while playing Nick Cave’s “Bring It On”

My afterlife should be a cinema retrospective, a group of impersonal, bitter film critics speaking dense terminology and pretentious naysaying towards the angles and attitudes of my life. They should talk about the presences and mistakes and I will use this information if I ever return, as a new man or a wide-eyed kitten or a hungry unrelenting shark. How interesting it would be, to be conscious, to apply, to know one’s own re-incarnation? Would I be a different man, kitten, shark? Would I put on a suit, would I stare at the giant legs and hands and know better, would I swim through the dense water and think of cartoons I saw when I was young?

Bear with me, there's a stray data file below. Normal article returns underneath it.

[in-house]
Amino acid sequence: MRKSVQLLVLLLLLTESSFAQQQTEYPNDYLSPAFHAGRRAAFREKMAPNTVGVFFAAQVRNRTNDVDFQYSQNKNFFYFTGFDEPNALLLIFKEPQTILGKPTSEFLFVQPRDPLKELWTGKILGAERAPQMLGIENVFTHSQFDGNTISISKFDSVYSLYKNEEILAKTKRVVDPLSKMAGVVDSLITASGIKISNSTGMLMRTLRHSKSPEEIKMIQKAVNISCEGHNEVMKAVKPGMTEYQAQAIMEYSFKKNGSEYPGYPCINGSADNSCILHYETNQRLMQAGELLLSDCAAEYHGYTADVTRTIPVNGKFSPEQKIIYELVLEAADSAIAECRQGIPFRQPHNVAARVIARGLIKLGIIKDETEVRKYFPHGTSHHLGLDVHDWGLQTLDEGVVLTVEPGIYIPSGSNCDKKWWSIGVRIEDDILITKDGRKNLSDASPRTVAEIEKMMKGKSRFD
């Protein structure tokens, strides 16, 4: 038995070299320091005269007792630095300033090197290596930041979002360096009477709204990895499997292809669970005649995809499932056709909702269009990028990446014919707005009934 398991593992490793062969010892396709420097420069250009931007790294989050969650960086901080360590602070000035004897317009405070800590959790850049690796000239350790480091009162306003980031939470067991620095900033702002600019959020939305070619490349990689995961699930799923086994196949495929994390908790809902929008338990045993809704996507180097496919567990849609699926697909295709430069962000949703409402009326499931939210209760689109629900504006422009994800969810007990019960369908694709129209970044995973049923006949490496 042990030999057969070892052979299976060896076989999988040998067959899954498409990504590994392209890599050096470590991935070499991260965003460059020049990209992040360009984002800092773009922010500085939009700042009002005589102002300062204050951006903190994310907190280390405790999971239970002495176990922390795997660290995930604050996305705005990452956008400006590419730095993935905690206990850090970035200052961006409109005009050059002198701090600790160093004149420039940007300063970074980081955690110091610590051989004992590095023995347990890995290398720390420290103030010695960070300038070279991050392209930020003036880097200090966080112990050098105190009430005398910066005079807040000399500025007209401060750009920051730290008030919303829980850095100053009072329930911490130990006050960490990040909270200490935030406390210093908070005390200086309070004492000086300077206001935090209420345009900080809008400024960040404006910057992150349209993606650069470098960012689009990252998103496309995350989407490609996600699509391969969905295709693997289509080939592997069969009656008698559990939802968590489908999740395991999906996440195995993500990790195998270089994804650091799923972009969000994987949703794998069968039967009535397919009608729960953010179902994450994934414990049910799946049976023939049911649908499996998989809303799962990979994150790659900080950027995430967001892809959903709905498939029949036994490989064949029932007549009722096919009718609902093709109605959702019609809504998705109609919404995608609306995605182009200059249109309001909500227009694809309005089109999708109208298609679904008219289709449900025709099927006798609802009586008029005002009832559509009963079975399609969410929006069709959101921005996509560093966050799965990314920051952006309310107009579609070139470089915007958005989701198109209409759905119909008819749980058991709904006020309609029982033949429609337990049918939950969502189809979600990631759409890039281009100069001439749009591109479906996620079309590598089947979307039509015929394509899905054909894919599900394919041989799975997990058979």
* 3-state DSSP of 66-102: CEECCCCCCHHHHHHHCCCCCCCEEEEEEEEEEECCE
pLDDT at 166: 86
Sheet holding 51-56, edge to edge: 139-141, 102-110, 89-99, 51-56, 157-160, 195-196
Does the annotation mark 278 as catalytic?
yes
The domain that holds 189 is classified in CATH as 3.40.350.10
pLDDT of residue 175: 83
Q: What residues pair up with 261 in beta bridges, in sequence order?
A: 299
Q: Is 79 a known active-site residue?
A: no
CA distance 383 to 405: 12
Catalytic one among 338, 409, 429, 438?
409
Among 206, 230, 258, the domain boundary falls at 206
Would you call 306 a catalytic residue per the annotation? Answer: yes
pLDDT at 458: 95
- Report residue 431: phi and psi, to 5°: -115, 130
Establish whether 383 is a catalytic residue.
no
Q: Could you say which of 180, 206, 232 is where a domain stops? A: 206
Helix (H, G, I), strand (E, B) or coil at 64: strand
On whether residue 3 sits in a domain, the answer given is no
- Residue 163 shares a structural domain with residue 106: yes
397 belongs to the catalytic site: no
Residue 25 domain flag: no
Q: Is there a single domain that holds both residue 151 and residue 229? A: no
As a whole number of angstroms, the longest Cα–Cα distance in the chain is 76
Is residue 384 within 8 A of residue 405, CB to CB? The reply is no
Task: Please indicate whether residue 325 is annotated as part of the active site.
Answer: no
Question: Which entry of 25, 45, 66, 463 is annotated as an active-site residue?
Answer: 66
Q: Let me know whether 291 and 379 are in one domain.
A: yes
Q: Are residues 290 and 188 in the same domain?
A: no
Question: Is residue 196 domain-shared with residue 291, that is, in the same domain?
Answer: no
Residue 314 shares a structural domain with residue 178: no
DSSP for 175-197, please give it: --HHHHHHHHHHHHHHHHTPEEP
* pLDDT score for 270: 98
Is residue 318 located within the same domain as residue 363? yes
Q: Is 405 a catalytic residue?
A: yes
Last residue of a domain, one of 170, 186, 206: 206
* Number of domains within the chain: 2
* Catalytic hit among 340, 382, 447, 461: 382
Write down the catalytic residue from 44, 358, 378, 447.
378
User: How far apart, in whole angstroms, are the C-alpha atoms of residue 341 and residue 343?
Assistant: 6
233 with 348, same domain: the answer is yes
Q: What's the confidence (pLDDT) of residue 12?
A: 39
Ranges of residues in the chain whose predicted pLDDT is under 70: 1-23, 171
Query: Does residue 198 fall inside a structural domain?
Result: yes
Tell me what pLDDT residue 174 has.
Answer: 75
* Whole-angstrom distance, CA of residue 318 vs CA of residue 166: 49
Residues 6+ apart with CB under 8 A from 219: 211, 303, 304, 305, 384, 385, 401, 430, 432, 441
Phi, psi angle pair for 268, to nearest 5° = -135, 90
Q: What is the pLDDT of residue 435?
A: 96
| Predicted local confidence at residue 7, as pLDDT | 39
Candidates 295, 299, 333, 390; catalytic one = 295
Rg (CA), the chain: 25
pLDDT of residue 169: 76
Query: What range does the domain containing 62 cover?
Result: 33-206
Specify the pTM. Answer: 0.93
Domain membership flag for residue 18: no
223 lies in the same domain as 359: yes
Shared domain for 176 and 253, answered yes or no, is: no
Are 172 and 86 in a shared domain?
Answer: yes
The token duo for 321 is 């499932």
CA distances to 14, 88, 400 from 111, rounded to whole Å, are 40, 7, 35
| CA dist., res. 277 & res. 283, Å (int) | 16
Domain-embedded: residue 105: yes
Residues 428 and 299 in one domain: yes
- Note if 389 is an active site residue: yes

And what of the aurora borealis — the northern lights? What a fascinating spectacle. I’ve never seen them in person, myself. Everywhere I live has too much man-made light and tall buildings grasping upwards. People tell me there isn’t any natural experience any more beautiful. 

In my afterlife, I would like to see a replay of myself watching the northern lights. The critics would cite melodrama, but how fascinating — how interesting would that be. And what if I was re-incarnated as the northern lights? What if I knew who I was before? What if, in some mad power, in some dementia of passing on, some mutation of the continuity, I knew before I was Daniel Vaccerelli, and now I was light? 

How strange it is to be anything at all. 

  1. ifmusicbethefoodofblog reblogged this from vaccerelli and added:
    “How strange it is to be anything at all.”
  2. vaccerelli posted this